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Administrators of Color Advocate for Equity in Oregon Schools
For the first time in the history of COSA, over 40 administrators of color gathered at the Oregon State Capitol for a day of advocacy and action, to tell the state’s legislators what their students need to create an equitable educational environment.
The atmosphere in the room was powerful and anticipatory as the COSA Equity Advisory Board introduced themselves and began the morning by having all forty administrators of color introduce themselves. Split into five groups, these administrators spent the morning working together on strategies for successful interactions for their meetings with legislators that afternoon.
Participants were greeted and thanked for their efforts by Representative Barbara Smith Warner and Senator Arnie Roblan, the co-chairs of the Joint Committee on Student Success, who joined the group to present some of the work the committee had been doing on behalf of Oregon students and take questions from participants.
Then, it was time for their meetings. Representing Oregon students and educational staff, administrators had a total of 25 meetings with legislators including: House Speaker Tina Kotek, House Majority Leader Jennifer Williamson, House Education Chair Margaret Doherty, Senator Rob Wagner, Representative Cheri Helt, Representative Diego Hernadez, and more.
Administrators discussed the dire need for schools to be adequately and sustainably funded in order to support students’ mental health and safety, ensure instructional time, and reduce class sizes across the board. They also specifically discussed the advantages of HB 2742, which would grow and diversify Oregon’s education workforce. The bill was crafted by educators in the COSA Education Workforce Workgroup and calls for supports for the educators on all levels, including a mentorship process and anti-bias training that would allow for administrators and teachers of color to enter the workforce at unprecedented levels.
The bill had been finalized and introduced; it was time for legislators to hear from real educators why it was necessary. So, the COSA team stood outside offices as our members took the lead in conversations with state legislators. The day was a testament to the power of real voices, telling real stories to decision makers.
The day concluded as the entire group met with Oregon Governor Kate Brown. Governor Brown discussed the new Educator Advancement Council her office has been working on before taking questions from administrators. Former COSA Board Member Tina Acker spoke to the need for supports not only for students, but for staff as well and in particular educators of color whose needs and struggles differ from most of their colleagues. Gresham-Barlow Superintendent Katrise Perrera warned Governor Brown that, in her experience, students in this state believe their government has given up on them. Finally, all participants advised Governor Brown that they are available to further discuss these issues if she needed to hear from them again.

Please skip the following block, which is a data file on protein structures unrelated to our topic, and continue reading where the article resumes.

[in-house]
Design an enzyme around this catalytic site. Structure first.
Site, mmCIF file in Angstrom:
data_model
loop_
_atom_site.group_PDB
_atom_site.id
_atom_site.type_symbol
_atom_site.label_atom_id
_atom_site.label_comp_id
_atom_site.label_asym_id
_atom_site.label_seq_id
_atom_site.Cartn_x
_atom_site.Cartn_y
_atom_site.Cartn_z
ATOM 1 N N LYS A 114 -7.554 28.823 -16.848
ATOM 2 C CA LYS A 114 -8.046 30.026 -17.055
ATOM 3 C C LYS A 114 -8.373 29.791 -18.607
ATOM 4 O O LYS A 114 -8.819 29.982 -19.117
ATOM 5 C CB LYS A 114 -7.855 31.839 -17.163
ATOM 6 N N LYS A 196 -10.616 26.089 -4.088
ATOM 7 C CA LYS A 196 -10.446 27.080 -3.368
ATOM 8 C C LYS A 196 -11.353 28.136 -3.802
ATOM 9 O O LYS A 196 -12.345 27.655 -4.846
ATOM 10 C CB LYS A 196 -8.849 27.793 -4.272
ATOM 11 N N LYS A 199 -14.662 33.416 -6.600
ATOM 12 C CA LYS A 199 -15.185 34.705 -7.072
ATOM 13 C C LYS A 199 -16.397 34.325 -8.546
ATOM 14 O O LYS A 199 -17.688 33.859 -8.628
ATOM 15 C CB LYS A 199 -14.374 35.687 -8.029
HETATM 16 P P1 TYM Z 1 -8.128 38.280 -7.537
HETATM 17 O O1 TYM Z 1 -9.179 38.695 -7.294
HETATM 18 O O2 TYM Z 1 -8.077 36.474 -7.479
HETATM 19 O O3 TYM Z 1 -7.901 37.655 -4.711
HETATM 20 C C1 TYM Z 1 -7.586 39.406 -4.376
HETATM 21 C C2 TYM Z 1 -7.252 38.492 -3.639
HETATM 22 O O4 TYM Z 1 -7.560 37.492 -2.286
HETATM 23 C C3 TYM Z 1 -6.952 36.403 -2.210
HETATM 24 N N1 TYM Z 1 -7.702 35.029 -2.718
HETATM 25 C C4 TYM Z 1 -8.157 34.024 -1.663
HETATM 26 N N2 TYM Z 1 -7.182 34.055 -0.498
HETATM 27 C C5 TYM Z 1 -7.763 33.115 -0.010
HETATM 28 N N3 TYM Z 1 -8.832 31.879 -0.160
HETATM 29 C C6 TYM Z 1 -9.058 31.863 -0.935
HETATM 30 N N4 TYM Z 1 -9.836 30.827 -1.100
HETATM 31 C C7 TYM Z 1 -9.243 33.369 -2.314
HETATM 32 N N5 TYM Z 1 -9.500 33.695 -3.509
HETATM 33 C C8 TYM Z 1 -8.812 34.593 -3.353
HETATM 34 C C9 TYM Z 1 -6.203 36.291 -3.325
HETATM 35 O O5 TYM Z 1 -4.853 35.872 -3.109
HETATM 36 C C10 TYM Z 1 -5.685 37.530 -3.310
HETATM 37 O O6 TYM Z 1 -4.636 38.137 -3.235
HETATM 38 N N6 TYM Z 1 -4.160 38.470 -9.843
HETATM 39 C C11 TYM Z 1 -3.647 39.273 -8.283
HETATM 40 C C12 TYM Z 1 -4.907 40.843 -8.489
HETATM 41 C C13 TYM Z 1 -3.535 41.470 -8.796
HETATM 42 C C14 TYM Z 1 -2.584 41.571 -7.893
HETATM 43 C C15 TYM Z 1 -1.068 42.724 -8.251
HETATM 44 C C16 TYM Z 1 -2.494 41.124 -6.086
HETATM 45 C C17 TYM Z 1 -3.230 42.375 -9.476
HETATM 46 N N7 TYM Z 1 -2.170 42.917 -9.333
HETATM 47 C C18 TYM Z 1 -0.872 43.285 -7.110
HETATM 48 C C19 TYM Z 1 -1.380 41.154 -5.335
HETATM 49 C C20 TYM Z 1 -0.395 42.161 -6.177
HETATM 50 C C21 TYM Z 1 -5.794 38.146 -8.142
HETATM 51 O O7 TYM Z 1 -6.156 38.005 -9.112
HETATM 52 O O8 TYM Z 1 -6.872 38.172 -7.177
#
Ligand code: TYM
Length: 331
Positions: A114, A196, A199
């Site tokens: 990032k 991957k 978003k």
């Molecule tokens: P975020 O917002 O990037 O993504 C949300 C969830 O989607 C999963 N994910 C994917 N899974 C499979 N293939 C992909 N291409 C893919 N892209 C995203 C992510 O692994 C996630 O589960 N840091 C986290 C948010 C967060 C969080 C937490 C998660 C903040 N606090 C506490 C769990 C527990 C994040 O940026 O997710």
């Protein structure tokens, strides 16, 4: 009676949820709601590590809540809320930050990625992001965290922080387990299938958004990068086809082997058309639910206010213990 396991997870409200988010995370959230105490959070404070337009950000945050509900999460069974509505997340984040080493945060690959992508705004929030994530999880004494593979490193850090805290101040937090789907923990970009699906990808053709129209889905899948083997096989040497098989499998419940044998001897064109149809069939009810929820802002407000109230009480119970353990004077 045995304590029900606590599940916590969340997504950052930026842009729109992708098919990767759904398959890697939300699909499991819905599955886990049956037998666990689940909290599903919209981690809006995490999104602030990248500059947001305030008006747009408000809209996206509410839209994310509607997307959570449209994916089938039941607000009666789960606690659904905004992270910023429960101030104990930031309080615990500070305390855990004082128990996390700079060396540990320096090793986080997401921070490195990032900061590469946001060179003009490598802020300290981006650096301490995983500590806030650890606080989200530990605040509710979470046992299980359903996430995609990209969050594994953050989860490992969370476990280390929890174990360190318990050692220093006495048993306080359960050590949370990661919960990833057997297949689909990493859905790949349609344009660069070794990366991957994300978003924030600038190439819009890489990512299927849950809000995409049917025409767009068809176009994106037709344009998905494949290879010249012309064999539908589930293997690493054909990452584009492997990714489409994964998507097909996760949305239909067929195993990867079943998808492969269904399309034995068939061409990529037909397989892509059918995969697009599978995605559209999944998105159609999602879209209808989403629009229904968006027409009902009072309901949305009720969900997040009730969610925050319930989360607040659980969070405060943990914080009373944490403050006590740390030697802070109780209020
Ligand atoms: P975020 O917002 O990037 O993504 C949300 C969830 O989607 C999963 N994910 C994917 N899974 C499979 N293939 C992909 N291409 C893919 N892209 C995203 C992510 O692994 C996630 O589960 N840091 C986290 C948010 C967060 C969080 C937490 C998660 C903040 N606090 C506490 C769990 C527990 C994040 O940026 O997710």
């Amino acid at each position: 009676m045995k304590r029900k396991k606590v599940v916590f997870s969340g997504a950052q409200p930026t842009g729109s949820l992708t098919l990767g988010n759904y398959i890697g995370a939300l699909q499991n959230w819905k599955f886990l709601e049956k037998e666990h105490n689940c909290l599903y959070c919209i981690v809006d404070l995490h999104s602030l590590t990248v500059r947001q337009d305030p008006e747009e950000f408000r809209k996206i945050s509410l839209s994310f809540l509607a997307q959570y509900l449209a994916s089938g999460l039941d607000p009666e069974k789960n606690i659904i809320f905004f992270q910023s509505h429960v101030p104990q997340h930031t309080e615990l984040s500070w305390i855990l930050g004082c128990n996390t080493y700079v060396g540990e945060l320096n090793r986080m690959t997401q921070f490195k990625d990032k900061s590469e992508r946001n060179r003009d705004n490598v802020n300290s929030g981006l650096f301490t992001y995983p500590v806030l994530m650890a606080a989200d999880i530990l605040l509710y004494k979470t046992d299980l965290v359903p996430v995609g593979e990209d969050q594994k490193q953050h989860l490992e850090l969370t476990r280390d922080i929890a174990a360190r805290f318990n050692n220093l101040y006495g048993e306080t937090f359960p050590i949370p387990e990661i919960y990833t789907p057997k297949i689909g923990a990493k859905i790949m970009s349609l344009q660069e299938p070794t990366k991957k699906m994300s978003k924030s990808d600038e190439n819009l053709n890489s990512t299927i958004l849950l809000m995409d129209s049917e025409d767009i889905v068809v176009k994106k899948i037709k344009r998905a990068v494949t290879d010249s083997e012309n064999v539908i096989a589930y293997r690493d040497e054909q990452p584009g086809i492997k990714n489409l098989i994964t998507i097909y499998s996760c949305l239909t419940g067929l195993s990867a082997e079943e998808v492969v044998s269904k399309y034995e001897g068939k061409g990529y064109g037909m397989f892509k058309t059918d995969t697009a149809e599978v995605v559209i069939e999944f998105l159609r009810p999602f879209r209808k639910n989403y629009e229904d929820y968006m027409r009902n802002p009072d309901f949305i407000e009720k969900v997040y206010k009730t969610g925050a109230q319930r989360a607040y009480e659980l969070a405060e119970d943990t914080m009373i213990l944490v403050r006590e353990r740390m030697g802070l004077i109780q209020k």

These educators spoke to the Governor with an unwavering determination as they advocated for the students and staff they were there to represent and offered their advice, speaking with one voice as they said, “When you need to hear from us, we will show up.”
Equity Advisory Board members are excited to begin the coming school year with additional networking and collaborative opportunities for administrators of color, as well as professional development and advocacy around equity issues in Oregon. The 45th Annual COSA Conference in Seaside this June will feature a new equity-focused pre-conference event and later this fall, COSA will host the Statewide Educator Equity Summit.
“I am grateful to the new friends that I made during the Equity Day at the Capitol, not only for their impact on me personally, but also for their unwavering dedication to education,” said COSA Equity Advisory Board Member and David Douglas School District Assistant Principal LaShawanta Spears. “The event is one that I will never forget!”
As the legislature considers important measures that directly impact Oregon educators and students, it is vital to remember that those are the voices that need to be heard. If you have a story to tell, we strongly urge you to contact your legislator. COSA is here to support your voice. Contact Morgan Allen or Ben Bowman to find out how to get more involved in legislative advocacy for educational policies this session.
As Carmen Xiomara Urbina, Equity Advisory Board Member and Deputy Director at the Oregon Department of Education put it, “This is the first time that, as administrators of color, we are given a voice in this building to say, ‘This is what we care about and we are showing up.’”